Does the buy side generally get away with flouting the rules more than investment banks do? Tim examines the latest evidence with the Aviva enforcement action in the UK.
It's accepted in 2015 that when an investment bank comes under fire from a regulator—whether for rate fixing, rogue trading, or persistent anti-money laundering, bribery, or other know-your-client violations—the whole mess is going to end in a fine with nine digits behind it, if not 10.
As our sibling publication Risk and other mainstream publications have reported, these gaudy penalties are now exceeding some firms' entire operational risk budget.
But not so much on the buy side. Of course, only a small handful of firms in this group can genuinely claim to have as much systemic impact or responsibility for market stability as the banks do. It therefore makes plain sense that when they're discovered in violation, the enforcement action reflects that relatively lesser impact.
For the bigger giants like BlackRock and Fidelity among that handful, well, they've been incredibly mindful and unapologetic about bolstering their relationships on K Street, as well, arguably even more than the banks have.
It seems like this is the story we frequently hear when an investment manager has a mess on its hands: Come clean, blame the tech, do right by the aggrieved clients (in this case, parent funds), make puppy eyes at the regulators, and hope they don't poke around your shop too much.
But what about the firms that fall somewhere in the middle—not small enough to brush off or make excuses for, though not big enough to really go after, either?
Here we find the Aviva Investors situation as it has unfolded since 2013 and was ultimately sorted this week in London.
On Tuesday, the Financial Conduct Authority (FCA) announced £132 million ($204.6 million) in compensation payments to eight different funds—all linked to Aviva's insurance parent—which were financially disadvantaged by the operational issues that incentivized intraday price "cherry-picking"─which is, essentially, delayed trade booking─on Aviva's fixed income desks.
But the fine itself? That landed at £17.6 million─or approximately $27.3 million─for violations that occurred for nearly five years.
Aviva is global investment manager. It manages $372 billion in assets. When one googles it, three of the comparables that show up are Schroeders, Aberdeen, and, yes, BlackRock. In other words: that's an amazingly small amount of money.
Following the Gameplan
So why is this sum so very paltry?
I would argue it comes back to two things. One is that great scapegoat, technology, or as we euphemistically say these days in enforcement parlance, "insufficient controls".
Blaming those combines nicely with the second thing, and a common characteristic of these buy-side situations, as well: adamant contrition.
As the FCA said in its statement, "While Aviva Investors' failings were serious, the FCA has recognized that its actions since reporting its failings were exceptional." Better yet, it self-reported and the two traders most responsible for delaying their trades are long gone from the firm, while its leadership has turned over as well.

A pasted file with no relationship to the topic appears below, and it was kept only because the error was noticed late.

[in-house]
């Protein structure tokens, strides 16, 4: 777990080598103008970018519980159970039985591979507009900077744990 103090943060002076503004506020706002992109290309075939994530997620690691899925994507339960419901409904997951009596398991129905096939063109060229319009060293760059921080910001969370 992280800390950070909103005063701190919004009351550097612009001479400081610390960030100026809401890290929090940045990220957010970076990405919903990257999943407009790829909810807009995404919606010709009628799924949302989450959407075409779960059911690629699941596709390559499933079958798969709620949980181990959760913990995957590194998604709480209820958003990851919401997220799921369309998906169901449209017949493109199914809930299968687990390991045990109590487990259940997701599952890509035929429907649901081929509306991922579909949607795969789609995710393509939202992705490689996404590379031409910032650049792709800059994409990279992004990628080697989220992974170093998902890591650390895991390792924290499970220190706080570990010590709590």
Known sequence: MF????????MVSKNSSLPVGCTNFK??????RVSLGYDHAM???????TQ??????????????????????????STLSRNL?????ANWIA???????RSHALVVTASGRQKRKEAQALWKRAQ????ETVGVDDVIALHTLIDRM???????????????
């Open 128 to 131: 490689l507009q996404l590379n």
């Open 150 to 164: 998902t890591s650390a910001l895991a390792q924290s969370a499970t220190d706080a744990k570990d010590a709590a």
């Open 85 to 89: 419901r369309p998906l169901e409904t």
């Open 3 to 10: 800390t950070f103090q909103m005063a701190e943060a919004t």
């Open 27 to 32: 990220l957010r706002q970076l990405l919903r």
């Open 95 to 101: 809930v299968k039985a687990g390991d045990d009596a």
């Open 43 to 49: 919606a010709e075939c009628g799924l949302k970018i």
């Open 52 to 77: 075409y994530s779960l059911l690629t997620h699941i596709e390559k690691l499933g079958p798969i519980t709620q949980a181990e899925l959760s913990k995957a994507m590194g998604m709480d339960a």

Indeed, you can charge a rogue trader like Jerome Kerviel or Kweku Adoboli, go after rate fixers or banking executives looking the other way on laundering criminal money. Generally, when these glory-seeking individuals at banks are found out, though, they tend to fight tooth and nail, litigiously and in the media. Regulatory consideration for good behavior quickly goes out the window.
Little wonder Kerviel decided to visit the Pope instead.
What you can't indict, though, is crappy technology. And even if you could, it wouldn't exactly fight you in court. It seems like this is the story we frequently hear when an investment manager has a mess on its hands: Come clean, blame the tech, do right by the aggrieved clients (in this case, parent funds), make puppy eyes at the regulators, and hope they don't poke around your shop too much.
Oh, and fix the problem. After the billion-dollar fines, we've seen banks close certain businesses—Citi's dubious Banamex operations in Mexico come to mind. The problems uncovered on the sell side are usually endemic; the reputational risk too damaged; the cost to get it all turned around too great.
Contrast that to Aviva, which I'm sure will continue trading in fixed income after this, and apparently has improved its systems (or at least convinced the FCA it has) without too much coercion.
There is a whole cottage industry around soft-landing enforcement for financial services, tailored to the buy side especially. This isn't a bad thing on its own, and helps affected parties move on from such problems smoothly.
But proof of the model working should lay in less—not more—of these five-years-long problems occurring to begin with.
So far, the verdict on that isn't so clear.
Anthony and James delve into how the systematic internalizer regime is shaping up, and then examine the regtech sector.Subscribe to Weekly Wrap emails